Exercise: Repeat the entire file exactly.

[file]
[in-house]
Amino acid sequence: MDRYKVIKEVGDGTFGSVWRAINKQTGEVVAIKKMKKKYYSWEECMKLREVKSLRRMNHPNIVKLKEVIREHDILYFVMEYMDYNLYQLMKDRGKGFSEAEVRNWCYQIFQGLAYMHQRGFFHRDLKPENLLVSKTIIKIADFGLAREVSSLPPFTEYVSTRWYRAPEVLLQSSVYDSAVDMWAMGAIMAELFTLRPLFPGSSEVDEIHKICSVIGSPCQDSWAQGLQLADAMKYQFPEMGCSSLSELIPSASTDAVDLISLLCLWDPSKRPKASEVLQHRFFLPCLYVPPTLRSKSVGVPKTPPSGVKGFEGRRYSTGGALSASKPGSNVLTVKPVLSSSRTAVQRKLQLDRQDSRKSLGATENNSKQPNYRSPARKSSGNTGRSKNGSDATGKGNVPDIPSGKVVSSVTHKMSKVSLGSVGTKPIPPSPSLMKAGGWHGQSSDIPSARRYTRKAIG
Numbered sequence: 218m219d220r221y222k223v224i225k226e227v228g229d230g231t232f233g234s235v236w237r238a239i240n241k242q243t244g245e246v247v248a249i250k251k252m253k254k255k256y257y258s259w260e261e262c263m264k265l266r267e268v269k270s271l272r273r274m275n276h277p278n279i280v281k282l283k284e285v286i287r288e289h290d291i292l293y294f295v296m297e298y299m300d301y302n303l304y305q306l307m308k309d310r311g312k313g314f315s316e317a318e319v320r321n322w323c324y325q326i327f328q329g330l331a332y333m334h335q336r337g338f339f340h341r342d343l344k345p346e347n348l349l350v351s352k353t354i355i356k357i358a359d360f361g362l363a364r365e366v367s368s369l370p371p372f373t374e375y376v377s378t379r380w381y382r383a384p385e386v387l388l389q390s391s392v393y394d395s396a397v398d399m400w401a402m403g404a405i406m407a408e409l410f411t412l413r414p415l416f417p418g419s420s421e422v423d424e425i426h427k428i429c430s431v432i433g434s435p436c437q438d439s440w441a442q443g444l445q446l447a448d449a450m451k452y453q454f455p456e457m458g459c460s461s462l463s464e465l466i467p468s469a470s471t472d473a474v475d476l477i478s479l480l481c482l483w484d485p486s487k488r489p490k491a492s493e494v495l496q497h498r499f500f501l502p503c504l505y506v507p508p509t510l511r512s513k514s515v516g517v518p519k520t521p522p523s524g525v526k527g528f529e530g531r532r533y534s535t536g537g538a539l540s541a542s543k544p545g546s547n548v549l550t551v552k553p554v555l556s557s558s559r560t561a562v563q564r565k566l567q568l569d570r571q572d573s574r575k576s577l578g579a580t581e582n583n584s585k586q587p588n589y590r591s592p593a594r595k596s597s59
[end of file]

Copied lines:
[in-house]
Amino acid sequence: MDRYKVIKEVGDGTFGSVWRAINKQTGEVVAIKKMKKKYYSWEECMKLREVKSLRRMNHPNIVKLKEVIREHDILYFVMEYMDYNLYQLMKDRGKGFSEAEVRNWCYQIFQGLAYMHQRGFFHRDLKPENLLVSKTIIKIADFGLAREVSSLPPFTEYVSTRWYRAPEVLLQSSVYDSAVDMWAMGAIMAELFTLRPLFPGSSEVDEIHKICSVIGSPCQDSWAQGLQLADAMKYQFPEMGCSSLSELIPSASTDAVDLISLLCLWDPSKRPKASEVLQHRFFLPCLYVPPTLRSKSVGVPKTPPSGVKGFEGRRYSTGGALSASKPGSNVLTVKPVLSSSRTAVQRKLQLDRQDSRKSLGATENNSKQPNYRSPARKSSGNTGRSKNGSDATGKGNVPDIPSGKVVSSVTHKMSKVSLGSVGTKPIPPSPSLMKAGGWHGQSSDIPSARRYTRKAIG
Numbered sequence: 218m219d220r221y222k223v224i225k226e227v228g229d230g231t232f233g234s235v236w237r238a239i240n241k242q243t244g245e246v247v248a249i250k251k252m253k254k255k256y257y258s259w260e261e262c263m264k265l266r267e268v269k270s271l272r273r274m275n276h277p278n279i280v281k282l283k284e285v286i287r288e289h290d291i292l293y294f295v296m297e298y299m300d301y302n303l304y305q306l307m308k309d310r311g312k313g314f315s316e317a318e319v320r321n322w323c324y325q326i327f328q329g330l331a332y333m334h335q336r337g338f339f340h341r342d343l344k345p346e347n348l349l350v351s352k353t354i355i356k357i358a359d360f361g362l363a364r365e366v367s368s369l370p371p372f373t374e375y376v377s378t379r380w381y382r383a384p385e386v387l388l389q390s391s392v393y394d395s396a397v398d399m400w401a402m403g404a405i406m407a408e409l410f411t412l413r414p415l416f417p418g419s420s421e422v423d424e425i426h427k428i429c430s431v432i433g434s435p436c437q438d439s440w441a442q443g444l445q446l447a448d449a450m451k452y453q454f455p456e457m458g459c460s461s462l463s464e465l466i467p468s469a470s471t472d473a474v475d476l477i478s479l480l481c482l483w484d485p486s487k488r489p490k491a492s493e494v495l496q497h498r499f500f501l502p503c504l505y506v507p508p509t510l511r512s513k514s515v516g517v518p519k520t521p522p523s524g525v526k527g528f529e530g531r532r533y534s535t536g537g538a539l540s541a542s543k544p545g546s547n548v549l550t551v552k553p554v555l556s557s558s559r560t561a562v563q564r565k566l567q568l569d570r571q572d573s574r575k576s577l578g579a580t581e582n583n584s585k586q587p588n589y590r591s592p593a594r595k596s597s59